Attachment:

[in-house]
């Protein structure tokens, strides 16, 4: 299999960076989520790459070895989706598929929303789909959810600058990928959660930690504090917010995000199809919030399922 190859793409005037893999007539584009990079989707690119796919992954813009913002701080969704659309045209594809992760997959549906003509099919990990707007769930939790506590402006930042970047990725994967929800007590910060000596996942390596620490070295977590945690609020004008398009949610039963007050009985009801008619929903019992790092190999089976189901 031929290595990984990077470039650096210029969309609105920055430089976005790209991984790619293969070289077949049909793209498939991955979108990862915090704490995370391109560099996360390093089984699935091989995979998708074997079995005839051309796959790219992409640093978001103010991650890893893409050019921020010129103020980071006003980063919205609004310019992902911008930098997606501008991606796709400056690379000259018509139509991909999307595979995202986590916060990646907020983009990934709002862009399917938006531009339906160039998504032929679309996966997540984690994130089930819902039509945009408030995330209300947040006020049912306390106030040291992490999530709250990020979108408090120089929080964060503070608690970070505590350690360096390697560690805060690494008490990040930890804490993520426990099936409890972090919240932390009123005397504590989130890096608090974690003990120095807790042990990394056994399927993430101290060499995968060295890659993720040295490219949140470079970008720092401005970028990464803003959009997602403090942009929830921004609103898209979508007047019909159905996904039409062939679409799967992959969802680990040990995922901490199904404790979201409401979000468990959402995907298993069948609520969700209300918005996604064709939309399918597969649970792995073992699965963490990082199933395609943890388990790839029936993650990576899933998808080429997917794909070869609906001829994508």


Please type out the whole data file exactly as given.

[in-house]
């Protein structure tokens, strides 16, 4: 299999960076989520790459070895989706598929929303789909959810600058990928959660930690504090917010995000199809919030399922 190859793409005037893999007539584009990079989707690119796919992954813009913002701080969704659309045209594809992760997959549906003509099919990990707007769930939790506590402006930042970047990725994967929800007590910060000596996942390596620490070295977590945690609020004008398009949610039963007050009985009801008619929903019992790092190999089976189901 031929290595990984990077470039650096210029969309609105920055430089976005790209991984790619293969070289077949049909793209498939991955979108990862915090704490995370391109560099996360390093089984699935091989995979998708074997079995005839051309796959790219992409640093978001103010991650890893893409050019921020010129103020980071006003980063919205609004310019992902911008930098997606501008991606796709400056690379000259018509139509991909999307595979995202986590916060990646907020983009990934709002862009399917938006531009339906160039998504032929679309996966997540984690994130089930819902039509945009408030995330209300947040006020049912306390106030040291992490999530709250990020979108408090120089929080964060503070608690970070505590350690360096390697560690805060690494008490990040930890804490993520426990099936409890972090919240932390009123005397504590989130890096608090974690003990120095807790042990990394056994399927993430101290060499995968060295890659993720040295490219949140470079970008720092401005970028990464803003959009997602403090942009929830921004609103898209979508007047019909159905996904039409062939679409799967992959969802680990040990995922901490199904404790979201409401979000468990959402995907298993069948609520969700209300918005996604064709939309399918597969649970792995073992699965963490990082199933395609943890388990790839029936993650990576899933998808080429997917794909070869609906001829994508």